16th Jan 2018

Isn’t it interesting how current events dictate the content of conversations at social gatherings?  The media spotlight on sexual harassment certainly influenced the discussions at events I’ve attended recently.  During the past month, I’ve eavesdropped on and participated in a dozen conversations related to the recent high – profile misconduct allegations.  All of them gradually turned into real life stories of what goes on in workplaces right here in eastern Nebraska.  There were two categories of conversation:

#MeToo.   Women are talking openly, describing the type of thing that goes on in their workplaces.   After the first woman tells a story, the next one tops it with an even more vivid example.  Guess what?  Every woman I’ve talked to so far has a story.  Some of the women admit that things have improved.  As in, “You should have seen it ten years ago if you think it’s bad now.”  But a lot of the conversations were about current behaviors and how women feel about the realities of harassment in their lives.  They all seem glad that at least some of the bad guys are getting caught and punished.

#NotIt.  Men are talking too, and they are identifying other guys they know who are the “really bad” offenders at their workplace.  They admit to being aware of men in their workplace who openly discuss sex, view porn on their computers or tell raunchy jokes.  Every Man I’ve talked to so far has a story.   All of the men can clearly identify the guys who have gone too far.  But they aren’t sure where the behavioral boundaries are, and ask questions about whether they can even compliment a woman on her appearance.  They are quick to point out that they are sometimes faced with women who dress seductively and/or behave in a flirtatious manner, without concern for repercussions.  Men seem aware, confused about a perceived double standard, defensive and a little worried.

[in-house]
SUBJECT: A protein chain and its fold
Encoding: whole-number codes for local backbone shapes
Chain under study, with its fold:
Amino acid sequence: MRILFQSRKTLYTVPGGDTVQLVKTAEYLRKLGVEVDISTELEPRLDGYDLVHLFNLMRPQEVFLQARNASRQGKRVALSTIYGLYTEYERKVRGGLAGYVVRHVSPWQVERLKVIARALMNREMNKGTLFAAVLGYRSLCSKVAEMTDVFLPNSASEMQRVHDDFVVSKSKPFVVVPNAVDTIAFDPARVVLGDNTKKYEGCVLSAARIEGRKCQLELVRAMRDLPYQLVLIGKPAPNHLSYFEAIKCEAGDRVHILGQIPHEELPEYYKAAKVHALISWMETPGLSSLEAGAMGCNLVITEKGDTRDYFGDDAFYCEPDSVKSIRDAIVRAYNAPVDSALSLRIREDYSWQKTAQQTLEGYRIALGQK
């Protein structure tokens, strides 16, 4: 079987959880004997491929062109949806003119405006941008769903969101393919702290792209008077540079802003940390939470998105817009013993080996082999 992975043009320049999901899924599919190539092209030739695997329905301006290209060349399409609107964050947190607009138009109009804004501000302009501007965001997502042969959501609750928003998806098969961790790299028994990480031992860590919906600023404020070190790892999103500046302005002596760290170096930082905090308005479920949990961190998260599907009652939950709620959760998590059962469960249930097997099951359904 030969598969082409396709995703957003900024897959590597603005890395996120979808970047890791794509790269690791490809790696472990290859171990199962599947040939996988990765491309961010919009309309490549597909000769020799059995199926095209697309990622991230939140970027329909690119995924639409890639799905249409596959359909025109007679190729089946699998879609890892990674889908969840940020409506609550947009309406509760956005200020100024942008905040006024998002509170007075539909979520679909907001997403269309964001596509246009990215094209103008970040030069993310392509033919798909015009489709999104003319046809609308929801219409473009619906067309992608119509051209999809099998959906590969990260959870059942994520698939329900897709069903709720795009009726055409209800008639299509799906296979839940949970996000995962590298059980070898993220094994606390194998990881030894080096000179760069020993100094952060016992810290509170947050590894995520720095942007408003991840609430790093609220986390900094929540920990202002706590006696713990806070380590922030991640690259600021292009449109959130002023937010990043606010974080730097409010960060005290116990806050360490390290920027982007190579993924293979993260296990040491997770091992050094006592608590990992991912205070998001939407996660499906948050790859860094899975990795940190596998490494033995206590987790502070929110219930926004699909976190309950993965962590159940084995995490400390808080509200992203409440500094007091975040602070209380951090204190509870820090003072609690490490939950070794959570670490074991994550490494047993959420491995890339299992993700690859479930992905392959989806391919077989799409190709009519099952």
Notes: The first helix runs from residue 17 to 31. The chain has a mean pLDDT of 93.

I wasn’t surprised by the stories I heard.  (I’ve been in HR for 35 years.)   What did surprise me was that there was not one person who said that they worked in a workplace free from sexual harassment.   It’s pretty clear that every adult has seen or experienced sexual harassment at work.

This leads me to the conclusion that prudent employers need to brush the dust off their sexual harassment policies and revisit training opportunities in order to prevent or correct harassment in the workplace.

What should your Sexual Harassment prevention program look like?  I’m sorry to tell you that there isn’t an off-the-shelf answer to this question.  The EEOC is very clear that the program and the training will not be considered adequate unless it is tailored to each specific workplace and workforce.

Your HR Team at CFO Systems is prepared to collaborate on the development of your Sexual Harassment prevention program.  Call us today to discuss the possibilities.

Laura Pavalis, Director, Human Resources Services, CFO Systems LLC

 

Link to EEOC publication “Promising Practices for Preventing Harassment”

https://www.eeoc.gov/eeoc/publications/promising-practices.cfm#_ftnref2